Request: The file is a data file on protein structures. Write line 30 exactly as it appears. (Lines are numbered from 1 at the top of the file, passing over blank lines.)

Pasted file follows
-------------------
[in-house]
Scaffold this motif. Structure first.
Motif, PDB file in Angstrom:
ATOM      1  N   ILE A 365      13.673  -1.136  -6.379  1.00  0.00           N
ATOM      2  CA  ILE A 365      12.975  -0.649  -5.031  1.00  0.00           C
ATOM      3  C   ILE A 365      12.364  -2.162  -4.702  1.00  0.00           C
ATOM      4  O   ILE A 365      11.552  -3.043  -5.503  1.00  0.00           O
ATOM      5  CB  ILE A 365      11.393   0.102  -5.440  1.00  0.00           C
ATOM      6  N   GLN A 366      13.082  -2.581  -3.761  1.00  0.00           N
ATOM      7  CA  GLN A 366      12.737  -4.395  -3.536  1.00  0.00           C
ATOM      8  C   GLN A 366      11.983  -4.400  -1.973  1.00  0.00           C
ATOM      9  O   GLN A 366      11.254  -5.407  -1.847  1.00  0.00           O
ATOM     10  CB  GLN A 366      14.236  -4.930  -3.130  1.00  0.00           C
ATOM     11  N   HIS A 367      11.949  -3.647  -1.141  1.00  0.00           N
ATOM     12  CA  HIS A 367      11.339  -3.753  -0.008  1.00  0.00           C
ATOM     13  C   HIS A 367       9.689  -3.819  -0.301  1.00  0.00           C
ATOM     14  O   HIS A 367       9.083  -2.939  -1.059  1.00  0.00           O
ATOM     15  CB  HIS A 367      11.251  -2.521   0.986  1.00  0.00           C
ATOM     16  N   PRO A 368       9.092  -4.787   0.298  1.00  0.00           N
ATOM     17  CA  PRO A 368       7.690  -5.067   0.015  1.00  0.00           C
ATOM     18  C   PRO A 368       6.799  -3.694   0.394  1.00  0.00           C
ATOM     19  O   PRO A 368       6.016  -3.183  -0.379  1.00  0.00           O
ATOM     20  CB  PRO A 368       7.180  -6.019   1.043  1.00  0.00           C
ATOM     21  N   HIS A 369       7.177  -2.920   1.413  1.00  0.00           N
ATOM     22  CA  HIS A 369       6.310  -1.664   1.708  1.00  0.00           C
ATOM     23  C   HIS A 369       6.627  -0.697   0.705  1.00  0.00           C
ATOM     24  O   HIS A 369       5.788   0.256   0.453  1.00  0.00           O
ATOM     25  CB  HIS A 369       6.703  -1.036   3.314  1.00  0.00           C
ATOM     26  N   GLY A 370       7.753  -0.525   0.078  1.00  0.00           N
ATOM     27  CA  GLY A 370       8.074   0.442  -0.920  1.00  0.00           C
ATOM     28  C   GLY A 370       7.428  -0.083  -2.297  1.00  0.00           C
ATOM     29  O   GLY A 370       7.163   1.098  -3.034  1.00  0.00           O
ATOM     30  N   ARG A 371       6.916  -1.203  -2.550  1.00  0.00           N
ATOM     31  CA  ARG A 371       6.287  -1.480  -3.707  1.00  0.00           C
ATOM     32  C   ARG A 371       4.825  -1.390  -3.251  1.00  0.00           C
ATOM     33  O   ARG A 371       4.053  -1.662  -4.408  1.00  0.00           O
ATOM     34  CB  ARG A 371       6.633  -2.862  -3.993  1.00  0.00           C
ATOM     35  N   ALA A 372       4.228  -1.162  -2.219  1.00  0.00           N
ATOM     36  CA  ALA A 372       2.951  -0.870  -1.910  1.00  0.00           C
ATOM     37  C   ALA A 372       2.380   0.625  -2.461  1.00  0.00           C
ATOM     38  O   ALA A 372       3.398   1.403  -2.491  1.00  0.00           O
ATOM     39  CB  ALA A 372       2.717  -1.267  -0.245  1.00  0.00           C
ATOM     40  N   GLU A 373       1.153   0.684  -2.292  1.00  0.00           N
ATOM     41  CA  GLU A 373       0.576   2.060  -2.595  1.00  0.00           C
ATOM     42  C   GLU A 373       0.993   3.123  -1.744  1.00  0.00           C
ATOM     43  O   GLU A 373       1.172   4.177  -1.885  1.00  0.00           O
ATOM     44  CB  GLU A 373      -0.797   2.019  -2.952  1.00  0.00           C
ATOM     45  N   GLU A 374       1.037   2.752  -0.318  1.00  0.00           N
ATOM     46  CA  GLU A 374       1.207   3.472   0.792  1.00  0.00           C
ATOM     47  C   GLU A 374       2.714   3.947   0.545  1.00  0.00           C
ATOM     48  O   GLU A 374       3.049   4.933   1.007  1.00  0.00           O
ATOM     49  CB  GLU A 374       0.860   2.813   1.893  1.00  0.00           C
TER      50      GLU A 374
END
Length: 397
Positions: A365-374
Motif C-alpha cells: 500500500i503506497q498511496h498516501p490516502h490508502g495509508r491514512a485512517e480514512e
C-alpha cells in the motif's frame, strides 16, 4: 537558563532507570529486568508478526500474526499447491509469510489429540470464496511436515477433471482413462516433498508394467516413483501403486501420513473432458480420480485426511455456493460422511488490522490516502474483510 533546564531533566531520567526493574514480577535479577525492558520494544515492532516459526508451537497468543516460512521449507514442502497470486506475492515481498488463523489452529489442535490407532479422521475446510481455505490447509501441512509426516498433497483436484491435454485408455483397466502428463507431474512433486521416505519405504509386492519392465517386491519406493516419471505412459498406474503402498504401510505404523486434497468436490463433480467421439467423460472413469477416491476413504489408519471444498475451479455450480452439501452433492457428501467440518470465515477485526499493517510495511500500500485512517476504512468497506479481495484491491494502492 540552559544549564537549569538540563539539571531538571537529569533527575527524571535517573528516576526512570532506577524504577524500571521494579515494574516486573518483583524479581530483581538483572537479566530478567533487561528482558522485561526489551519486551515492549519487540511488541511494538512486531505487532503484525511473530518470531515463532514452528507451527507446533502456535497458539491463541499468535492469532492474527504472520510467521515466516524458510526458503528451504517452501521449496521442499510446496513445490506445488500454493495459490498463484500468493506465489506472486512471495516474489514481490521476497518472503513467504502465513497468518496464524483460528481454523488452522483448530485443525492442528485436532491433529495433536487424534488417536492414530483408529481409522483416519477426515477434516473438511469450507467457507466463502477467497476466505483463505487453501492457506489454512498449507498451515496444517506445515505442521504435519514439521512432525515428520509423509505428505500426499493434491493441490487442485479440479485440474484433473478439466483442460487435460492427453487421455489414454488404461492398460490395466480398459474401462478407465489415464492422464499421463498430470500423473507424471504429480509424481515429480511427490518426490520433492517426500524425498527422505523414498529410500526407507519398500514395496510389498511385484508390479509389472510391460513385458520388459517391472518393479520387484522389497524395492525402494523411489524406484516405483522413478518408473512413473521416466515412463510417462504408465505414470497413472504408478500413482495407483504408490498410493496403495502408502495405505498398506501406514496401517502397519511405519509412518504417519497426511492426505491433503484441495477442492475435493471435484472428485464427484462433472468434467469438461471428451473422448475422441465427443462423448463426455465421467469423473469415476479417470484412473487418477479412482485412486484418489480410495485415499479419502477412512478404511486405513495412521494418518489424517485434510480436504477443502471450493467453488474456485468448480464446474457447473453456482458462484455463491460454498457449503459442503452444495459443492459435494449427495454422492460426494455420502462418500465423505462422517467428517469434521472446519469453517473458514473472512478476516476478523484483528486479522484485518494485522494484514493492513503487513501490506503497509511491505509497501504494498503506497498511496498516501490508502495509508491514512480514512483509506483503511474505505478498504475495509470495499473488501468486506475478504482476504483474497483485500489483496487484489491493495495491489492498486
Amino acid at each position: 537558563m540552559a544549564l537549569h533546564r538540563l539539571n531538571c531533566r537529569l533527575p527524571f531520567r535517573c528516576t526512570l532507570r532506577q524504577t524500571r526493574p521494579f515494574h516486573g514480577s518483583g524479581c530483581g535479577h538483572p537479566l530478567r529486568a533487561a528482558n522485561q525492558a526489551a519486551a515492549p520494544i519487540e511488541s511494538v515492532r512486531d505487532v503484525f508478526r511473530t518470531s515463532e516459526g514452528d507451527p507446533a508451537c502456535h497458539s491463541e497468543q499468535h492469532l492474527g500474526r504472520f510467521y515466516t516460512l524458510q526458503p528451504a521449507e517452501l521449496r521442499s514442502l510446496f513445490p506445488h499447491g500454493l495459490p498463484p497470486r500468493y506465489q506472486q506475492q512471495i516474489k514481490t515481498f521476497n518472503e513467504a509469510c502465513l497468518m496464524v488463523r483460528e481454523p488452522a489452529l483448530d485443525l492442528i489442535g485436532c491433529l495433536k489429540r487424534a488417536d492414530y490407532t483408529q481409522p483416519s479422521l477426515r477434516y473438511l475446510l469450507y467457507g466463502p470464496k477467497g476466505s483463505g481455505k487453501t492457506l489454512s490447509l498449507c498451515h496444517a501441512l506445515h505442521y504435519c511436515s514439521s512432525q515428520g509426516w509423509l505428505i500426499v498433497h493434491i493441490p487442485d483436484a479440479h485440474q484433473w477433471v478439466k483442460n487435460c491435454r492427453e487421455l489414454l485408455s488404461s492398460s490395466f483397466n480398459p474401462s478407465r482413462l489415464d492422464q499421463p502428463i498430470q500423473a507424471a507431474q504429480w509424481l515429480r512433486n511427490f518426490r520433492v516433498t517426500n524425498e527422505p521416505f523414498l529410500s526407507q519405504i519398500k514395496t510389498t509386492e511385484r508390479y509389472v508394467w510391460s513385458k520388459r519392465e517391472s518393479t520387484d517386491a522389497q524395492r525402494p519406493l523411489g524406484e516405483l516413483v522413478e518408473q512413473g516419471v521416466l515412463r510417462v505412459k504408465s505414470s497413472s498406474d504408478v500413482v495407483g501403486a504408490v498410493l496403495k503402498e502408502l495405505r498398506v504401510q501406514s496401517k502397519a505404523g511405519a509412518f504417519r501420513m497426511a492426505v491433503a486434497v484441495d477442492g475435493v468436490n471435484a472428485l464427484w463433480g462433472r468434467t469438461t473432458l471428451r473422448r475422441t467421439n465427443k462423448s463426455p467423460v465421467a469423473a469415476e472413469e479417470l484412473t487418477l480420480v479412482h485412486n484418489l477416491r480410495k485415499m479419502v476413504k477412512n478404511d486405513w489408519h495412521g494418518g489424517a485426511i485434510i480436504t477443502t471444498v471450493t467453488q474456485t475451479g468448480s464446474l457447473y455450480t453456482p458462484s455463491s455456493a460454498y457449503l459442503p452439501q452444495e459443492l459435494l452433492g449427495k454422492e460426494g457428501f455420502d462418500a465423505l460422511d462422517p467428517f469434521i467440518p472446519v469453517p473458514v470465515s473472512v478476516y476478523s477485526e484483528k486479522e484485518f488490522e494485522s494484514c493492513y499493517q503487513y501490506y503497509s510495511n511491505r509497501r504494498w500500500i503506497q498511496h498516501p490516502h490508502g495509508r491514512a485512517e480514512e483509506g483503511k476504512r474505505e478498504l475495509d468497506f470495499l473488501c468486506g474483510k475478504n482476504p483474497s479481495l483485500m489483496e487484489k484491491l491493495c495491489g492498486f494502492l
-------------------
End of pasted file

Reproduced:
ATOM     27  CA  GLY A 370       8.074   0.442  -0.920  1.00  0.00           C